Last week. the trailer for the new G.I.Joe movie was released:
There’s a 100% chance that I’ll be seeing this one. It’s got a techno remix of the White Stripes! The Rock! Ninjas fighting on a cliff side! The possibility that Channing Tatum dies! What more could you want?
In honor of this trailer, I am going to review an episode of the classic G.I.Joe cartoon series.
For those of you unfamiliar with G.I.Joe, here’s a quick rundown on the basics:
G.I.Joe is America’s elite military force. They are the best and the brightest, and most of the team members can be described in one or two words such as: Pilot, cowboy, firefighter, black guy.
The Joes concentrate almost solely on stopping Cobra – a terrorist organization armed with the latest military technology and seemingly limitless resources. In the hands of a skilled leader, Cobra would be a real threat to global safety.
However, the world remains safe, because they are led by Cobra Commander. In the comic books, Cobra Commander was actually a somewhat competent leader. In the cartoon, he was a complete buffoon.
Here are his major flaws:
– His schemes are needlessly complex. He’s got a legion of troops and high-tech weaponry at his disposal, yet Cobra plots rarely involve simply using their weapons to destroy their enemies. Instead, a typical Cobra plot might involve attacking a science lab, stealing a gun that turns people into animals, and then threatening to turn the entire United Nations into mice.
– He doesn’t surround himself with good people. I realize that when recruiting for a terrorist organization, you might not have the best and brightest talent to choose from. Still, there have to be better options out there than what he’s chosen.
It isn’t just that his subordinates are incompetent; although they certainly are. It’s the way that they almost purposely thwart Cobra Commander’s plans that make them so dangerous to him. In just about every episode, a Cobra plot is ruined because one of his subordinates betrays him.
And they usually don’t do it for any personal gain. They just seem to like messing with him and watching him fail. It’s possible that many of the top Cobras are actually government spies placed in the organization to sabotage it from the inside.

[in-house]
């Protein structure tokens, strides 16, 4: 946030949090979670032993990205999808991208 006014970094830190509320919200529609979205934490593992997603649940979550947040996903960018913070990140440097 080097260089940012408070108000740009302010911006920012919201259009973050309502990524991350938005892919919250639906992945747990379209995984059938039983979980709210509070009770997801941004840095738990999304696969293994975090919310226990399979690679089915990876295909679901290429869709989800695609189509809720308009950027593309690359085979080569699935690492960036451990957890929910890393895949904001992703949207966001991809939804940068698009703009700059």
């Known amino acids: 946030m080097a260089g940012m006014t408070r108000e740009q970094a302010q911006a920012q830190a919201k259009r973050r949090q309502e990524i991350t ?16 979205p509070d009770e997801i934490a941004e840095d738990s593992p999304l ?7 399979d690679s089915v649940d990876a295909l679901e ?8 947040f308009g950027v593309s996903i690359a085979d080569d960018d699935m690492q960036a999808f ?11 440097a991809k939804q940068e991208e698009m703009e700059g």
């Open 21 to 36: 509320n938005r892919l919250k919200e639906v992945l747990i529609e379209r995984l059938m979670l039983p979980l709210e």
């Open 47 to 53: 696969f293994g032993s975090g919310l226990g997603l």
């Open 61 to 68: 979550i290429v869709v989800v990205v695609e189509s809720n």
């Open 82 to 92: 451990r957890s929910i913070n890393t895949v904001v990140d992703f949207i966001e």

– He has an odd love affair with the Joes. The more you watch the show, the more it seems that Cobra Commander’s real motivation is to simply get attention from the Joes.
On more than one occasion, he has captured members of the Joe team. You’d think he might kill them, interrogate them, or possibly even torture them. No, he usually just has them compete in gladiator style combat.
The episode I’ve chosen to review is Cobra Sound Waves.
This episode takes place in a generic Middle Eastern country that “produces a third of the oil for the free world.” So obviously the stakes are gonna be pretty high.
We start off with the Joes flying their Skystriker jets towards a Cobra base. Piloting the Skystrikers for the Joes are:
Ace – The team pilot who likes to speak in gambling metaphors. I’m not sure why the Joes needed a special pilot since apparently everyone on the team can fly a jet. It’s very possible that Ace was a sarcastic nickname since he seems to get his plane shot down in every episode.
Gung Ho – A brash marine who only wears a vest no matter what the weather conditions are. His specialty is opting to punch Cobras in the face rather than using his gun. I’d say it was some sort of pacifist statement, but I think it’s just because he’s kind of stupid.
Roadblock – A large black man who speaks in rhymes and uses his patented “knock two Cobra soldier’s heads together” combat technique.
Right off the bat, we get a key staple of the show: A Cobra agent in disguise!
Cobra agents love wearing disguises. And they especially love revealing their true identities by ripping off their disguise with a flourish. You almost never see a Cobra agent calmly remove his mask. Nope, it’s always done super dramatically.
This particular Cobra agent is Major Bludd, who despite the menacing sounding name never really did much besides scream “Cobra!” a lot.
There is a brief battle between the Joe and Cobra aircraft. Somehow, the Joes and Cobras are able to hear each other while this battle is going on. Either they all have really good hearing, or they’re simply broadcasting their conversations over open air. I’m not sure which makes more sense.